Time has passed, much time. And we have learned so much. Exactly what have we learned?
This fancy, newfangled Run & Shoot thing actually works.
Dec. 8, 1906
“Football leaders gathered in New York and voted to legalize the forward pass. The decision was in response to an uprising led by none other than President Roosevelt himself, who believed that the brutally violent game needed to change or be abolished all togther.”
—Big Game USA / 1906 Football Newsreel
Note: In 1905, 18 players were killed and 159 more injured on the football field.
“Praise the forward pass and all its possible goodly ramifications for the years to come. But be assured, brethren, that this slightly heathenous and traitorous creation that is akin to Darwinism is in no way as sturdy and rock-solid as our smash-your-head, manly football of the trenches. What will we teach our offspring? That this twinkletoes approach to success is true manhood? Or that three things happen when the pigskin is spiraled afar, and two of them are dangerous failures? Give me, and our steadfast believers in gravitational force, full-frontal attack, hand-to-hand combat in those trenches over this passing fad. It shall not last.”
—Coach Pewpew Stainsocks, who also believed the earth was flat, Columbus discovered America and that the soon-to-be-manufactured Model T automobile (1908) was an abomination against nature,
The 2016 Kapolei Hurricanes offense did its most awesome impression of the ’07 University of Hawaii juggernaut on Saturday night on the turf at Aloha Stadium. A 33-21 upset victory over No. 3-ranked Punahou in the quarterfinal round of the First Hawaiian Bank/HHSAA Open Division state tournament established one basic fact: Repetition plus talent matters. Kapolei’s version of the four-wide passing offense has much in common with the ’07 Warriors of UH, naturally enough, because of one guru who couldn’t stop teaching either team, even in a retirement of sorts: June Jones.
You can trace the tree branches back to the trunk and the roots, from roughly half the teams in the OIA and ILH today — some which have operated the four-wide passing game for decades (Nelson Maeda at Castle, Wendell Say at Aiea) back to Ron Lee at Kaiser. The Cougars won the Oahu Prep Bowl in 1979 with some college-level talent and Lee’s garden of route trees, much the same that he employs 37 years later at Saint Louis.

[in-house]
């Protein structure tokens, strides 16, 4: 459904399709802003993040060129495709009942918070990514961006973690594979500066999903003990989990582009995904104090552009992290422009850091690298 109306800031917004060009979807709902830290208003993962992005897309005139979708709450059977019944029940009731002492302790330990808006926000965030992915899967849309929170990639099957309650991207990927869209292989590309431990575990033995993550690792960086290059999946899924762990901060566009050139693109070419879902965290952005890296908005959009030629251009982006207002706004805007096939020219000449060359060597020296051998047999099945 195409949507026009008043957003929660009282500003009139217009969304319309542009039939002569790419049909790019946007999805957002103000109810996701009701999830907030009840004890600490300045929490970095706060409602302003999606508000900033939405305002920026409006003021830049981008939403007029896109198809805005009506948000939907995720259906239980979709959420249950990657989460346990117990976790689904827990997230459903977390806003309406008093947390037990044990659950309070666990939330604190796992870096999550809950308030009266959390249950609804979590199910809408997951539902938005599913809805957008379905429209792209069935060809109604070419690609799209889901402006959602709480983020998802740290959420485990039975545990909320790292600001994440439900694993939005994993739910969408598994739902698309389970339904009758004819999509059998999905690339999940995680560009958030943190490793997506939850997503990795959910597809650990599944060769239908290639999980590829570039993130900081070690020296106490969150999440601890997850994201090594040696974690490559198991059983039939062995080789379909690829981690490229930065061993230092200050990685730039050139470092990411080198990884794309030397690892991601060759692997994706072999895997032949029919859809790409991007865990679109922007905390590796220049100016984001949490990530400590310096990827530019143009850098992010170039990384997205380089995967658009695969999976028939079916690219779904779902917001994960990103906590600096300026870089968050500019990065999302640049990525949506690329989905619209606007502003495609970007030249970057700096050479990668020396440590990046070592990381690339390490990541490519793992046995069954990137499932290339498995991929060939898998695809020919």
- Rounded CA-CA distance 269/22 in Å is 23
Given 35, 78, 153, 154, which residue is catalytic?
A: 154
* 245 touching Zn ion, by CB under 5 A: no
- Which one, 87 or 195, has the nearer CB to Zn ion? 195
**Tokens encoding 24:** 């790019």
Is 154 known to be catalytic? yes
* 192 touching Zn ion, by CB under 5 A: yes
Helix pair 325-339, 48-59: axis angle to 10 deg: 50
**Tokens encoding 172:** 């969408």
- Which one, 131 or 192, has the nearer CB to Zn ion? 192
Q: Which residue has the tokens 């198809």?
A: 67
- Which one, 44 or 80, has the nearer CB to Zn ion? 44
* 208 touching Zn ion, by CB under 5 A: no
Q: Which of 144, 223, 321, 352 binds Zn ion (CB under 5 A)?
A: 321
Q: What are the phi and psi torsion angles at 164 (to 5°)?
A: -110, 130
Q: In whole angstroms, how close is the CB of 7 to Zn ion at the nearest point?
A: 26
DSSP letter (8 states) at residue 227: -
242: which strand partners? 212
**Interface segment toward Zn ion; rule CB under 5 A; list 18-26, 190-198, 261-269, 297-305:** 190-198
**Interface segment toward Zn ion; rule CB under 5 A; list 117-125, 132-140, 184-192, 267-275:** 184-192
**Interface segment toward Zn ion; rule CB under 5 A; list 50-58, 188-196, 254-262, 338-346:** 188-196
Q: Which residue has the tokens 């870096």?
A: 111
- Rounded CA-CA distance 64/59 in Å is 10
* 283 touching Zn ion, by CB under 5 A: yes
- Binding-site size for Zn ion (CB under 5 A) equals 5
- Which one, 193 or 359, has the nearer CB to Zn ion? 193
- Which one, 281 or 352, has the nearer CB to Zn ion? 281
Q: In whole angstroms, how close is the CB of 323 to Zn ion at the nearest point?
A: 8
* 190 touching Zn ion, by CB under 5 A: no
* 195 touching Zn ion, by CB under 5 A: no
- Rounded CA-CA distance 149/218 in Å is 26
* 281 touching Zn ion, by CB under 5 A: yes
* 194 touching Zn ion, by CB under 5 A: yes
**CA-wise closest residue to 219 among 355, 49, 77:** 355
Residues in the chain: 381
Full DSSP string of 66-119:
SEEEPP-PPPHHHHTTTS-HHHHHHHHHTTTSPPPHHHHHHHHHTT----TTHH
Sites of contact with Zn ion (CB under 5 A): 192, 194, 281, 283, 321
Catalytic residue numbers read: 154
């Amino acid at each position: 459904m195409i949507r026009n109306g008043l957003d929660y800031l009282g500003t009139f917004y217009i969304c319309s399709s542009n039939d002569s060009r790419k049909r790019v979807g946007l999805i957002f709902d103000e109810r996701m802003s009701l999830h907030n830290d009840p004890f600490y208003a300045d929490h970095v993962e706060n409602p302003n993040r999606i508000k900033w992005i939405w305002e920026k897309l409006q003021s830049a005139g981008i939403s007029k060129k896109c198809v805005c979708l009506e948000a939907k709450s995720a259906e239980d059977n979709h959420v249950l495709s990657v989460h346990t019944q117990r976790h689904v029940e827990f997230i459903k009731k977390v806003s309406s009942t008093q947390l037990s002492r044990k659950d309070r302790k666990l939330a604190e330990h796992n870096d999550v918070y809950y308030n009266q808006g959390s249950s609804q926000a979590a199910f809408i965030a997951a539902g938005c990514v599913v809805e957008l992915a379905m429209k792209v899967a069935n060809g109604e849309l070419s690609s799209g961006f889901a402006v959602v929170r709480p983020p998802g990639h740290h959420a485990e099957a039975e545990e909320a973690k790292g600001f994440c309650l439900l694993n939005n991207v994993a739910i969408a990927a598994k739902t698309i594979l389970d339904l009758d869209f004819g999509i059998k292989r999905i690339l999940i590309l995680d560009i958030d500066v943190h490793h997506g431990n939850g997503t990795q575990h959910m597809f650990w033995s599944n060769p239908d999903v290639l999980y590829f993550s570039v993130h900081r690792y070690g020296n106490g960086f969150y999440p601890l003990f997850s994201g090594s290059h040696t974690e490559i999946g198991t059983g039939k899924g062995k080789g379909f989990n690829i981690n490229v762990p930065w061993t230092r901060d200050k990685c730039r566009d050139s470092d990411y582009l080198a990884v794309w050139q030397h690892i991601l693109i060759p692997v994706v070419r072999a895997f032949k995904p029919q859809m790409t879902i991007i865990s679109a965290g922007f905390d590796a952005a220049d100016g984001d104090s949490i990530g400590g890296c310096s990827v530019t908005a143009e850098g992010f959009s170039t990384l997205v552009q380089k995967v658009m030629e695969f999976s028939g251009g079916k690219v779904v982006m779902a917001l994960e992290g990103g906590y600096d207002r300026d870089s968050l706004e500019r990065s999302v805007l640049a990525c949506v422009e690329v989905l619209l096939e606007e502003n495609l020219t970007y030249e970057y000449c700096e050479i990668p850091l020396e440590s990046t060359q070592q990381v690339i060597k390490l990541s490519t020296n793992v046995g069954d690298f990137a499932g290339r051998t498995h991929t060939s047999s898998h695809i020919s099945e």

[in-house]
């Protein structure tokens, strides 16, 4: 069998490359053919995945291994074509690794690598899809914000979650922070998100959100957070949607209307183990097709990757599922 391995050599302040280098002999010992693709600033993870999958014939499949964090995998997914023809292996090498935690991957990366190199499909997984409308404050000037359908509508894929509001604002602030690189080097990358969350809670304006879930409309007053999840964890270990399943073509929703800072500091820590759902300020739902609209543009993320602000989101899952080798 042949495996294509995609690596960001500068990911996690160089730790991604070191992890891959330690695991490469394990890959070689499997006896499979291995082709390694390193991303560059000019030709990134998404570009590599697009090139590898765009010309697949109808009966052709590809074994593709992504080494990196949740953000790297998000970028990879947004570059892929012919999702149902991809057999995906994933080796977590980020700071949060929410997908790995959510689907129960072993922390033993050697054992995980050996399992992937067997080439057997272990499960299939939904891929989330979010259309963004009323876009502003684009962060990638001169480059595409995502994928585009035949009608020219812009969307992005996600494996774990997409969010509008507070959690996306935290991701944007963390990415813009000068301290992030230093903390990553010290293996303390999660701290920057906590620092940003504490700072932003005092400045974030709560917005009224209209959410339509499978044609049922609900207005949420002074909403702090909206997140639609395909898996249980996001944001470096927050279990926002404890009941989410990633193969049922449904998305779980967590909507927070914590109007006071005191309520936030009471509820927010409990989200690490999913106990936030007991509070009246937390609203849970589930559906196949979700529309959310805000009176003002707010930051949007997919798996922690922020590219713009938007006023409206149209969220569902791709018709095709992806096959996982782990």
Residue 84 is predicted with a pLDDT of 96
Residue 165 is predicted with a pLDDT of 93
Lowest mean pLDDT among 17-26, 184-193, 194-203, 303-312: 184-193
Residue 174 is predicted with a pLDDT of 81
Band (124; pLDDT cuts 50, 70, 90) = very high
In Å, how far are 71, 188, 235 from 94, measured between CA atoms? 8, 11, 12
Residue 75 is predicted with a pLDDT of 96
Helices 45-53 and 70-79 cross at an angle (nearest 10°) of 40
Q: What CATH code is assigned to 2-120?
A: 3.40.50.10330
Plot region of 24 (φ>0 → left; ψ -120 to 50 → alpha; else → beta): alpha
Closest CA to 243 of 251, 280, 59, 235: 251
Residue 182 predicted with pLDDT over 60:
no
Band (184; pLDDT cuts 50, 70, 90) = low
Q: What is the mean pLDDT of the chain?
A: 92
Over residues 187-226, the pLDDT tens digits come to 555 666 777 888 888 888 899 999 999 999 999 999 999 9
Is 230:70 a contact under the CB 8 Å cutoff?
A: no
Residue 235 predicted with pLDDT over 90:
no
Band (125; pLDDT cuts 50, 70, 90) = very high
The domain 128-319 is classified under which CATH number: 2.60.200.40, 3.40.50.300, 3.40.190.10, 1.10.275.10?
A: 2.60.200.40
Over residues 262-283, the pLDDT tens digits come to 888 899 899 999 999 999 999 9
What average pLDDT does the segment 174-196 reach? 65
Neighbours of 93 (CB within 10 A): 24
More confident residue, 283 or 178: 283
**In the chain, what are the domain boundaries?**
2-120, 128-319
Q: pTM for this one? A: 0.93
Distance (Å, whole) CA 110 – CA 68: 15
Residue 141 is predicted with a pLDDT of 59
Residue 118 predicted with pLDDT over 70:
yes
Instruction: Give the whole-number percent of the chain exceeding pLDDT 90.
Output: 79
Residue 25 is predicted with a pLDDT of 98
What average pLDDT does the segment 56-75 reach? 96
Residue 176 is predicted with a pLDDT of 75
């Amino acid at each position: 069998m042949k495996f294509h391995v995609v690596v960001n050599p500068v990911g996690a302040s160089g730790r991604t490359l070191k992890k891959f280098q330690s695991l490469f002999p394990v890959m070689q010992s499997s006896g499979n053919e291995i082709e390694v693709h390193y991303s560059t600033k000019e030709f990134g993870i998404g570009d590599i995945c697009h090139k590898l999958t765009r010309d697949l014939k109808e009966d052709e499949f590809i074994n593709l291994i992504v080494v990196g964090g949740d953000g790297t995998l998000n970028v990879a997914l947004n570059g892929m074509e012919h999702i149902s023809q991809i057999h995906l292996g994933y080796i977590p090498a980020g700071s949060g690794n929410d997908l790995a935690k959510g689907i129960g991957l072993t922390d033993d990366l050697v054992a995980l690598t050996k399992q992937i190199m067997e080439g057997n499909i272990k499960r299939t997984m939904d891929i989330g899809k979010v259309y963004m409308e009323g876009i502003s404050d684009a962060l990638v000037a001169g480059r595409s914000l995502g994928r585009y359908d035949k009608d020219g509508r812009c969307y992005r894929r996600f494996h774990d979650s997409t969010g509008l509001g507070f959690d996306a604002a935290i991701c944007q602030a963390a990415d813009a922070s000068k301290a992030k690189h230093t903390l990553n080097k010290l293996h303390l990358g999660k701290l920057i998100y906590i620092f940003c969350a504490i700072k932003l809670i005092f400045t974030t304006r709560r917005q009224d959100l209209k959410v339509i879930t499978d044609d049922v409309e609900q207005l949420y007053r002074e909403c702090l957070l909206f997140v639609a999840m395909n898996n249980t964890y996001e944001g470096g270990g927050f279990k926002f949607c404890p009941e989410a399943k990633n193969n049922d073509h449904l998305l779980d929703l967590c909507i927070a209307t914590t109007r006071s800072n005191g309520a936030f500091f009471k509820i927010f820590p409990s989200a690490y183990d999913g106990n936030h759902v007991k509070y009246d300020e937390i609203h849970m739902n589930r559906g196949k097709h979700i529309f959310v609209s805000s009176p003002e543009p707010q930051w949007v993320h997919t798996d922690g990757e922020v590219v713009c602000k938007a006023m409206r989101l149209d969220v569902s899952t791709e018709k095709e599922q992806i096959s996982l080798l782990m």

Trace that back and you’ll find Jones, who got his first taste of the four-wide after transferring as far as he could from the “Hula T’ at the University of Hawaii to small-college Portland State, where mastermind Mouse Davis had incorporated many of the finest, purest elements of this public laboratory. The mechanics of spread formations had been around way back to the 1950s, but Davis was able to neutralize and confine one magical compoound, then saw it grow within itself to create something that had its share of doubters. Outside the confines, it was sometimes mocked, even, more so by those at the college and professional ranks.
Now every NFL team runs a version of the “Run and Shoot”. And what first-year offensive coordinator Jones — former coach and four-wide guru of the Houston Gamblers, Atlanta Falcons, Ottawa Rough Riders, Denver Gold and U. of Hawaii — does today in his retirement is much the same. He teaches so effectively that high school boys run the nuclear-age version of what started to look feasible more than a half-century ago.
The comparison of UH ’07 and Kapolei ’16 isn’t one that measures the talent levels, of course. The high schoolers are exactly that. But they get the details, and the notion that teenaged kids work this hard, focus thie much and blend their skills and efforts together as an aerial corporation is always impressive. Mind blowing, really.
Our resident Mad Librarian and charter member of the Nerdpod alliance, Jerry Campany, delved into the parallels of Jones’ ’07 and ’16 offenses.
2007 Hawaii, 64/36 run pass split
2016 Kapolei, 57/42 run/pass split
Take out QB rushes, though, and UH is 76-24 and Kapolei is 62-38
But UH was way more balanced in receptions:
Davone Bess. 108 catches, 23 percent
Ryan Grice-Mullens, 106 receptions, 23 percent
Jason Rivers 92, 20 percent
C.J. Hawthorne, 61, 13 percent
Jaymin Sarono, 101 catches, 34 percent
Wyatt Perez, 59, 20 percent
Isaiah Ahana, 39, 13 percent
Kaeo Alvarez-Ranan 32, 11 percent
You know Taulia and Sarono probably played catch in a park in 2007 saying ‘I’m Colt! I’m Bess!’ before the Sugar Bowl.
Well, it came true this year.
Colt Brennan 70.4 completion, Taulia Tagovailoa 61
Colt 8.5 y/a, taulia 7.7
Colt .074 td, Taulia .086
Colt .033 int, Taulia .012
That ’07 team was 12-0 before facing the Godzilla of all great foes: Georgia. This Kapolei team has its Georgia as well in Friday’s semifinal matchup: No. 1 Kahuku. This is one parallel the Hurricanes hope to avoid. The ’07 Warriors lost to Georgia. The ’16 Hurricanes? The next chapter remains unwritten.